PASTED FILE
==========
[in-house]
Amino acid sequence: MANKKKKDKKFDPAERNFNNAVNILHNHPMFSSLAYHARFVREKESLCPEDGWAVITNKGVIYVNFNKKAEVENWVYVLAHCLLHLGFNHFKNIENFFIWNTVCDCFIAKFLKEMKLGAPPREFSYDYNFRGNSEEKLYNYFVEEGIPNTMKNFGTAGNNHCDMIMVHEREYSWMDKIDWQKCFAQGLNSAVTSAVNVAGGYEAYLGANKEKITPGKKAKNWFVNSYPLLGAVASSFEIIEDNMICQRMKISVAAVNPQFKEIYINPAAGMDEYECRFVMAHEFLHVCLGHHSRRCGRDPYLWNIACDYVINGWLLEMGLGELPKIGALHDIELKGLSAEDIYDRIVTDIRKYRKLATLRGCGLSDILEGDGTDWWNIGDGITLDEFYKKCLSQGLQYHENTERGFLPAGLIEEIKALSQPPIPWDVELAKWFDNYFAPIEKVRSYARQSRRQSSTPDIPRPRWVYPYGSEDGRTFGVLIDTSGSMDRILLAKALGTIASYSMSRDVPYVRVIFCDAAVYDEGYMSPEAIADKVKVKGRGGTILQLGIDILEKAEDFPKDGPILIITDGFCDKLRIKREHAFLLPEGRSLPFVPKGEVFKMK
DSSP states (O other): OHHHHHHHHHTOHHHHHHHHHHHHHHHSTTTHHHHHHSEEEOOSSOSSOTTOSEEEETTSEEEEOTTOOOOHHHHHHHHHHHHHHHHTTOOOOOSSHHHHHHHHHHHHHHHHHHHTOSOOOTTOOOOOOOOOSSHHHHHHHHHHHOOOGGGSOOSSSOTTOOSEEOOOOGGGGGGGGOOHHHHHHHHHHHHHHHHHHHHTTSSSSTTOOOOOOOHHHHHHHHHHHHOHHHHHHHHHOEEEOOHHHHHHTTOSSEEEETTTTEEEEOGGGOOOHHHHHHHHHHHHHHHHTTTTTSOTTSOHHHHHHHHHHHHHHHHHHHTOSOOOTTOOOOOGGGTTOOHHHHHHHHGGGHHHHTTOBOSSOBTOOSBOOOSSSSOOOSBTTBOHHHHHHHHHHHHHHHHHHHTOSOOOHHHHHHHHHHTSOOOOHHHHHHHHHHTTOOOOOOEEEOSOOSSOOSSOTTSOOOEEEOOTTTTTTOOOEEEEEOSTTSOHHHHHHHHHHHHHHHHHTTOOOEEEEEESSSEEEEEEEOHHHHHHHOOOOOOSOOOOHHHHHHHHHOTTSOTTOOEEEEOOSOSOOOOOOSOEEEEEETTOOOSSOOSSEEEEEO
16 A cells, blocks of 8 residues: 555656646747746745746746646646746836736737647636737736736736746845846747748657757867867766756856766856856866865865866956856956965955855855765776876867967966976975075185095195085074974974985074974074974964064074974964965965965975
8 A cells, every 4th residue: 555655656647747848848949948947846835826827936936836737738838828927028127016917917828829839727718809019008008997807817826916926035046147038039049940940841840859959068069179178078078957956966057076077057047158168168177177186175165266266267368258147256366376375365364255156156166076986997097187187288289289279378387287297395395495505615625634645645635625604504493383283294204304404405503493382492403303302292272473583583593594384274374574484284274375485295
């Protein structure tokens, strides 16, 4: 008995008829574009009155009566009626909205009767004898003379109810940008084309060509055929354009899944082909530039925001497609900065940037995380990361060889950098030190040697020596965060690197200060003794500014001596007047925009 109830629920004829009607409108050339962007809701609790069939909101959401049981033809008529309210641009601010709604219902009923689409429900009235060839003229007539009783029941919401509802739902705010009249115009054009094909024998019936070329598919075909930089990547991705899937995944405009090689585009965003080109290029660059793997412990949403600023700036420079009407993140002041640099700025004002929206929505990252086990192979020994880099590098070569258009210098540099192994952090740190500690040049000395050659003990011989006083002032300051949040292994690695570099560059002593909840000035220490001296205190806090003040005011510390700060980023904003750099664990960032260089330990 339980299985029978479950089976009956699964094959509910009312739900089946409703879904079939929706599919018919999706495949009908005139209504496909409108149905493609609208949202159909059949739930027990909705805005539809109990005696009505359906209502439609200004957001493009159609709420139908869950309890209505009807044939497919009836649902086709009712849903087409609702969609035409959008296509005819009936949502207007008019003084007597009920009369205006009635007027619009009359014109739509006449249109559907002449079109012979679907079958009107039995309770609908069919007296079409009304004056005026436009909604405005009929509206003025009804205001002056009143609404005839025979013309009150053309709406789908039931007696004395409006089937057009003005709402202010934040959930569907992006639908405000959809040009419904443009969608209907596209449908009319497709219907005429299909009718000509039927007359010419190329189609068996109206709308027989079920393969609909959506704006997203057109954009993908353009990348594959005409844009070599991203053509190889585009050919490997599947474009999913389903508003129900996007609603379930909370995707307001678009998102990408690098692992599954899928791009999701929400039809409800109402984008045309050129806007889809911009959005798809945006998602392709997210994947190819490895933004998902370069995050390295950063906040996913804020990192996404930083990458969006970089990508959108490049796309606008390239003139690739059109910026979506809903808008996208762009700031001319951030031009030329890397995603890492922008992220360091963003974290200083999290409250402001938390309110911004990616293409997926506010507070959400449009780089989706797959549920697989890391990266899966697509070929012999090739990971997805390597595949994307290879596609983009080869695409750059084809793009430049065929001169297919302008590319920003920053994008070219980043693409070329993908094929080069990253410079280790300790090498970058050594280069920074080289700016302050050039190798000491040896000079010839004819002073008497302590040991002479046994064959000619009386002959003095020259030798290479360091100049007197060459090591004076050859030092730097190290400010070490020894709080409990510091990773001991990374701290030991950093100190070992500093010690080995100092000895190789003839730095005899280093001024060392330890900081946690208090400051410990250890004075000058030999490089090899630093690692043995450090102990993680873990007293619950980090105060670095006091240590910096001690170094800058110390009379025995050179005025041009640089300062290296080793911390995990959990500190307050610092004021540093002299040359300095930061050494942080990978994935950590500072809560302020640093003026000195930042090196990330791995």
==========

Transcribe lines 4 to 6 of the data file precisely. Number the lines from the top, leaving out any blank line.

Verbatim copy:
16 A cells, blocks of 8 residues: 555656646747746745746746646646746836736737647636737736736736746845846747748657757867867766756856766856856866865865866956856956965955855855765776876867967966976975075185095195085074974974985074974074974964064074974964965965965975
8 A cells, every 4th residue: 555655656647747848848949948947846835826827936936836737738838828927028127016917917828829839727718809019008008997807817826916926035046147038039049940940841840859959068069179178078078957956966057076077057047158168168177177186175165266266267368258147256366376375365364255156156166076986997097187187288289289279378387287297395395495505615625634645645635625604504493383283294204304404405503493382492403303302292272473583583593594384274374574484284274375485295
């Protein structure tokens, strides 16, 4: 008995008829574009009155009566009626909205009767004898003379109810940008084309060509055929354009899944082909530039925001497609900065940037995380990361060889950098030190040697020596965060690197200060003794500014001596007047925009 109830629920004829009607409108050339962007809701609790069939909101959401049981033809008529309210641009601010709604219902009923689409429900009235060839003229007539009783029941919401509802739902705010009249115009054009094909024998019936070329598919075909930089990547991705899937995944405009090689585009965003080109290029660059793997412990949403600023700036420079009407993140002041640099700025004002929206929505990252086990192979020994880099590098070569258009210098540099192994952090740190500690040049000395050659003990011989006083002032300051949040292994690695570099560059002593909840000035220490001296205190806090003040005011510390700060980023904003750099664990960032260089330990 339980299985029978479950089976009956699964094959509910009312739900089946409703879904079939929706599919018919999706495949009908005139209504496909409108149905493609609208949202159909059949739930027990909705805005539809109990005696009505359906209502439609200004957001493009159609709420139908869950309890209505009807044939497919009836649902086709009712849903087409609702969609035409959008296509005819009936949502207007008019003084007597009920009369205006009635007027619009009359014109739509006449249109559907002449079109012979679907079958009107039995309770609908069919007296079409009304004056005026436009909604405005009929509206003025009804205001002056009143609404005839025979013309009150053309709406789908039931007696004395409006089937057009003005709402202010934040959930569907992006639908405000959809040009419904443009969608209907596209449908009319497709219907005429299909009718000509039927007359010419190329189609068996109206709308027989079920393969609909959506704006997203057109954009993908353009990348594959005409844009070599991203053509190889585009050919490997599947474009999913389903508003129900996007609603379930909370995707307001678009998102990408690098692992599954899928791009999701929400039809409800109402984008045309050129806007889809911009959005798809945006998602392709997210994947190819490895933004998902370069995050390295950063906040996913804020990192996404930083990458969006970089990508959108490049796309606008390239003139690739059109910026979506809903808008996208762009700031001319951030031009030329890397995603890492922008992220360091963003974290200083999290409250402001938390309110911004990616293409997926506010507070959400449009780089989706797959549920697989890391990266899966697509070929012999090739990971997805390597595949994307290879596609983009080869695409750059084809793009430049065929001169297919302008590319920003920053994008070219980043693409070329993908094929080069990253410079280790300790090498970058050594280069920074080289700016302050050039190798000491040896000079010839004819002073008497302590040991002479046994064959000619009386002959003095020259030798290479360091100049007197060459090591004076050859030092730097190290400010070490020894709080409990510091990773001991990374701290030991950093100190070992500093010690080995100092000895190789003839730095005899280093001024060392330890900081946690208090400051410990250890004075000058030999490089090899630093690692043995450090102990993680873990007293619950980090105060670095006091240590910096001690170094800058110390009379025995050179005025041009640089300062290296080793911390995990959990500190307050610092004021540093002299040359300095930061050494942080990978994935950590500072809560302020640093003026000195930042090196990330791995």